ST. PAUL (WCCO) — If there’s such a thing as the fabric of freedom, you will see it in the eyes of immigrants.

“Oh, it’s great, we’ve been waiting a long time,” the husband of a Cambodian woman, awaiting naturalization, said.

When poet Emma Lazarus wrote of the “huddled masses,” what she saw was on display inside St. Paul’s RiverCenter. That is where the U.S. Citizenship and Immigrations Services would conduct one of its larger naturalization services of the year.

“I feel lucky and excited,” said a young Ayan Abdi.

The former Somalian spent the better part of childhood in a Djibouti refugee camp. On Tuesday, Abdi was among 875 immigrants from 94 countries yearning for a permanent taste of American freedom.

“It is really heartwarming you know and I am so proud to be United States, American citizen, so big day for me today,” Abdi said.

Tuyen Nguyen’s parents were children of the Vietnam War. Eight years after emigrating to be reunited with their daughter and grandchildren, they stood in the RiverCenter crowd to swear a new allegiance.

Said Nguyen, “they had to wait a long time to become citizens and can’t express feelings but happy to be here today.”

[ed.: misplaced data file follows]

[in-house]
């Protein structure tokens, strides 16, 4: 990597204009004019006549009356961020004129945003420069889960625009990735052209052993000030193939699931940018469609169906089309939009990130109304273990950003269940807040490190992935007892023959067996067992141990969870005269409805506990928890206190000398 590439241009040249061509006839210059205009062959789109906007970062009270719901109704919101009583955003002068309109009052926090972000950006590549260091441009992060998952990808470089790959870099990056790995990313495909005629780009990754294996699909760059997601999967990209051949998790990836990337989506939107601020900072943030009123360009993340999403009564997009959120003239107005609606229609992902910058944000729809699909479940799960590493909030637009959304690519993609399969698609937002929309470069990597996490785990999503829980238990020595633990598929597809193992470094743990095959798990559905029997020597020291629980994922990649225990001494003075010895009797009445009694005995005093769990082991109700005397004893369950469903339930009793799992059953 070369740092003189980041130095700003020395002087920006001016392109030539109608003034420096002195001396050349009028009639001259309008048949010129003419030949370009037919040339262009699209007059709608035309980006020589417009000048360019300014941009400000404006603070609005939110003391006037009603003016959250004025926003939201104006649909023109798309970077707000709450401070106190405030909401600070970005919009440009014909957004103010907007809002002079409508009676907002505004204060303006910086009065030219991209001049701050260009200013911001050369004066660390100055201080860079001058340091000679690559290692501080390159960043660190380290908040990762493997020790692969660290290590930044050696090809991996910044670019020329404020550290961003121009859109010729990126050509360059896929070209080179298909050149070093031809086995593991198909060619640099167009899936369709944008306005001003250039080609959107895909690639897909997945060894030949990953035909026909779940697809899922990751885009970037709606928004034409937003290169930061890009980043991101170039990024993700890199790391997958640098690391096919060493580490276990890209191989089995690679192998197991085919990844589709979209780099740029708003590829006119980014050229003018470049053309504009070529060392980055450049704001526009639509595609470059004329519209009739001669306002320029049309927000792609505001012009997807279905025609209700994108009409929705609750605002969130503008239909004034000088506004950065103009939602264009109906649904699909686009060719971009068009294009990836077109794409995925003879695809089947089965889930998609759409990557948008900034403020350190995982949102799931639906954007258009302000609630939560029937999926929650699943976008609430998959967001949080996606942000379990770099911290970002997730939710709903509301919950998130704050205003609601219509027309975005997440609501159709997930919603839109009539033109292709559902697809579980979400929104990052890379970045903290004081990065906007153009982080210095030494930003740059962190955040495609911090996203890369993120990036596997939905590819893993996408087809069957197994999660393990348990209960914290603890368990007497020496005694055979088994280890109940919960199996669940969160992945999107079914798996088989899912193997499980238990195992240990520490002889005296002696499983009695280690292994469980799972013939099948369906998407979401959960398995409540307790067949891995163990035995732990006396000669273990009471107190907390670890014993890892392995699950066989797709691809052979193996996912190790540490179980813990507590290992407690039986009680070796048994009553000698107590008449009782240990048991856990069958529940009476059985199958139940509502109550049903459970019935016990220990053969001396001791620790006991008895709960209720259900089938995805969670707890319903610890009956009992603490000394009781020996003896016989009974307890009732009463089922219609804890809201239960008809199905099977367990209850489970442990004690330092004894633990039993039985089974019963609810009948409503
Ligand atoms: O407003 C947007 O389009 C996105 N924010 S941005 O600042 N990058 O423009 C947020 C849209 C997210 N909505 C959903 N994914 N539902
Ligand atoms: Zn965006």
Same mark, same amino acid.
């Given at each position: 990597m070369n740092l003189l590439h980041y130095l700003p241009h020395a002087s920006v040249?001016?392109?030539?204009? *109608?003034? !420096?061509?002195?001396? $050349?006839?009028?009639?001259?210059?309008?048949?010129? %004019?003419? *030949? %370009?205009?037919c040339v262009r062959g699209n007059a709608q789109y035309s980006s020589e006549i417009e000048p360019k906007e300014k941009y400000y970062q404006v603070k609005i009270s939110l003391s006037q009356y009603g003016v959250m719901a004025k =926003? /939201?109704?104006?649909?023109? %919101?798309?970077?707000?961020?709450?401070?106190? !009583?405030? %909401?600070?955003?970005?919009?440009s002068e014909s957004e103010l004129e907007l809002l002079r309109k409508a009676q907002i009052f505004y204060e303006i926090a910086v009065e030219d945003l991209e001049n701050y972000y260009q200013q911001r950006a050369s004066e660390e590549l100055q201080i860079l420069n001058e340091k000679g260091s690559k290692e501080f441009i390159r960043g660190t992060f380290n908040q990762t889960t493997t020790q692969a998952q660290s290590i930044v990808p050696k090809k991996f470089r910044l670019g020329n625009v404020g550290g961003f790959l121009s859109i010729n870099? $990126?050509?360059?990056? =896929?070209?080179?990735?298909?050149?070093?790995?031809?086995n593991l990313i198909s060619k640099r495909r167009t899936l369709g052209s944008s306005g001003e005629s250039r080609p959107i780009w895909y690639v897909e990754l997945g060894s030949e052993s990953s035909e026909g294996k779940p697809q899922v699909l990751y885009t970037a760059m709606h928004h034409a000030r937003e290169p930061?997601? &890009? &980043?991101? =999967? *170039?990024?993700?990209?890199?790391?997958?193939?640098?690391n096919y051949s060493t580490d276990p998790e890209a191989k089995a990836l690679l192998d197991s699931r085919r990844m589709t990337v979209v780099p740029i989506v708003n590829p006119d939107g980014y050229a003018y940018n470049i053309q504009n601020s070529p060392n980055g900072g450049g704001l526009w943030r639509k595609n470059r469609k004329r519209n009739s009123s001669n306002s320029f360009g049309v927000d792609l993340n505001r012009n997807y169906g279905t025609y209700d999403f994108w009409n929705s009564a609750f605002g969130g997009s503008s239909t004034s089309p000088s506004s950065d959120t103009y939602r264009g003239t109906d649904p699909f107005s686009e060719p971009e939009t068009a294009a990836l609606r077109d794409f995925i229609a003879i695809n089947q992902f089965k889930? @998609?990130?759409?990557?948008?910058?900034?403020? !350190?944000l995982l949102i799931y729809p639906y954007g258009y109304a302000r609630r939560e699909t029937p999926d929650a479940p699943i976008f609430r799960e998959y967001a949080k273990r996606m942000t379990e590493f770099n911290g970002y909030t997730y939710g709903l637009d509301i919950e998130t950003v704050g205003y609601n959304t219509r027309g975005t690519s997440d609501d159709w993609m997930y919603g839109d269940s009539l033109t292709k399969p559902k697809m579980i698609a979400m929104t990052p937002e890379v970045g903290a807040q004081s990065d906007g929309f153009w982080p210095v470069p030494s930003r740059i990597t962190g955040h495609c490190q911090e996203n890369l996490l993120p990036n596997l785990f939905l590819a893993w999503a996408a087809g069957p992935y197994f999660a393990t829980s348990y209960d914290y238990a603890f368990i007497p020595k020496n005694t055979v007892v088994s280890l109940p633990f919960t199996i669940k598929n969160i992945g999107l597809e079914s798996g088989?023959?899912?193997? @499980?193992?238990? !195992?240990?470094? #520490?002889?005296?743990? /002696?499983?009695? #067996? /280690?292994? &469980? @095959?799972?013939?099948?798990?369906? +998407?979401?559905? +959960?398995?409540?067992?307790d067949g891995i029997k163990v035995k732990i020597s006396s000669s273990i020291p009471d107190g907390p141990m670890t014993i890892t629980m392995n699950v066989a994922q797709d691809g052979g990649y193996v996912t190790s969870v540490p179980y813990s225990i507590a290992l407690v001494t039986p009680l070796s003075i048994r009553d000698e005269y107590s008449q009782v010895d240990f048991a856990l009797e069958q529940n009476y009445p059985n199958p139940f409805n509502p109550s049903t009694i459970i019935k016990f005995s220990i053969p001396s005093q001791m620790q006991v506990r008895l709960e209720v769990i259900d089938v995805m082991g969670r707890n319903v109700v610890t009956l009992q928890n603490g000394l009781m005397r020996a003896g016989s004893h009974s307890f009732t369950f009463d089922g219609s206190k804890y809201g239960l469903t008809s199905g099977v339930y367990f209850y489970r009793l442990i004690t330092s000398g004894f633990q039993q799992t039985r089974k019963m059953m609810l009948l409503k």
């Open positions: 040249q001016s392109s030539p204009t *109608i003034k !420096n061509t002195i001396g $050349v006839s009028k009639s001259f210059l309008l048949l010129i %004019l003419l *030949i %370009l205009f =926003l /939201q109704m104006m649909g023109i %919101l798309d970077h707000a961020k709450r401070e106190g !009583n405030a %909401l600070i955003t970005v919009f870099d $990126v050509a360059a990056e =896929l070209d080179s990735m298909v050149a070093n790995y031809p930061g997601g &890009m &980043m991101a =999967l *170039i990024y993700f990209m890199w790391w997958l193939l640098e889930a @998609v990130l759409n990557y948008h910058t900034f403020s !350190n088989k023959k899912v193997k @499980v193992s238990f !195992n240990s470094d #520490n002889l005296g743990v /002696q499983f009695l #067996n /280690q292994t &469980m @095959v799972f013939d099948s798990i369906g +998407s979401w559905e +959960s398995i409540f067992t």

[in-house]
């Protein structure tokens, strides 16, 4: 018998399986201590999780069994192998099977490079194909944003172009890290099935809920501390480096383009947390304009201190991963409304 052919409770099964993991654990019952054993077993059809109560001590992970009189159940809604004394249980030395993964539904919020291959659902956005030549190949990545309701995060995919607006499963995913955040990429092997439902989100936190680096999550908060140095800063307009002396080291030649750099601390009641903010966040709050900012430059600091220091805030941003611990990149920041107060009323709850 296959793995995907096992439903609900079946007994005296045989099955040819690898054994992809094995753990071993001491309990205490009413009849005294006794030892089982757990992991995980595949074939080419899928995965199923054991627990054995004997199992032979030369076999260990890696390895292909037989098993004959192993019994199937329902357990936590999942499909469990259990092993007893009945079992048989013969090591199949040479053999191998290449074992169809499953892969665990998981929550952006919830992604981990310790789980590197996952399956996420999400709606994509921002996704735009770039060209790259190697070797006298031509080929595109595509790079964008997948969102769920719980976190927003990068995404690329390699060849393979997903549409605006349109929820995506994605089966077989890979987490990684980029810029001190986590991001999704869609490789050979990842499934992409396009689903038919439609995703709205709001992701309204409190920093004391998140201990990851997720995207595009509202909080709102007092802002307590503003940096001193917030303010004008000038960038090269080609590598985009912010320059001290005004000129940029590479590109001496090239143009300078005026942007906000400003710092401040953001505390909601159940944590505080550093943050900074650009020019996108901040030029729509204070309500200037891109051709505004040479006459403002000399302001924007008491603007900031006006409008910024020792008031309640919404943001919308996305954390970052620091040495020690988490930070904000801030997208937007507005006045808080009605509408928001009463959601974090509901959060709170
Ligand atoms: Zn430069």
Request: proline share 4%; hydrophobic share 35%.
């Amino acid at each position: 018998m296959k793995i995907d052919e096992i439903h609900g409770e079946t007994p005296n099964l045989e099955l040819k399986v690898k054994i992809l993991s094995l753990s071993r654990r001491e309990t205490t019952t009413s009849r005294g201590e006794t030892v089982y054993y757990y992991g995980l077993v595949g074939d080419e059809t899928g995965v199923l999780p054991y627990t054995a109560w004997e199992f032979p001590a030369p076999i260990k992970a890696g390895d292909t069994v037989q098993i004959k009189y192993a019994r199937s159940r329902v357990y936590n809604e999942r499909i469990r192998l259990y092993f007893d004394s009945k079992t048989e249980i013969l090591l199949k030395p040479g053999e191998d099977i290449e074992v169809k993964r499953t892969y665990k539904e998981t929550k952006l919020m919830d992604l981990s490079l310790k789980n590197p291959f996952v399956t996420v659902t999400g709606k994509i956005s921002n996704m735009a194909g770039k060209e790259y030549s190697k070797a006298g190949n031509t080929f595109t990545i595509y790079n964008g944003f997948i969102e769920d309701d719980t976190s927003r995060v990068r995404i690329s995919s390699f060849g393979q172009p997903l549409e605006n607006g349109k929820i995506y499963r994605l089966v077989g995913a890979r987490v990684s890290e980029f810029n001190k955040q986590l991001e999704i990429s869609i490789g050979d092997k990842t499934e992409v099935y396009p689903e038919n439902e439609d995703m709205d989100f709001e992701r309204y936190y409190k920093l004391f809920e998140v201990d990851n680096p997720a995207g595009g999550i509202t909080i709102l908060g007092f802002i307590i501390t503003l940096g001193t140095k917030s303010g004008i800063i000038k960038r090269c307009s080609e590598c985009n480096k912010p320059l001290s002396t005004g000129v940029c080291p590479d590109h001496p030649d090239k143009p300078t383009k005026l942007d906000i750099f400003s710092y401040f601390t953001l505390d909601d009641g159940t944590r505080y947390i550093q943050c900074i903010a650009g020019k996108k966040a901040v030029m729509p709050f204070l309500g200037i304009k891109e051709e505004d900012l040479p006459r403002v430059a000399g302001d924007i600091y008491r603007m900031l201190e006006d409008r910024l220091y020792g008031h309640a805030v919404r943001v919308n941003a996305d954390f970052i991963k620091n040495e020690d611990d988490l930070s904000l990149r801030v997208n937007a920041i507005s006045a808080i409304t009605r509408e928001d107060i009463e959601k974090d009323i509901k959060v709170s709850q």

As all Americans paused to reflect back on that terribly dark and frightening day when freedom was attacked, there’s a reassuring comfort in its embrace. People who are suddenly overwhelmed with the opportunities and promise freedom holds.

Explains U.S. Magistrate Judge, Kate Menendez, who performed the ceremony, “to see so many people believe in the American mission and want to participate in the country and want to make things even better is really a wonderful way to commemorate the tragedy of 9/11.”

With right hands raised it was time for Menendez to administer the oath of citizenship. It was a powerful and emotional pledge that left former Honduran, Jose Hernandez, choking back tears of joy.

Explaining the feeling, Hernandez said purely, “I’m excited, I am happy.”

Yes, there truly is a fabric of freedom. It is one that gets stronger with each new face.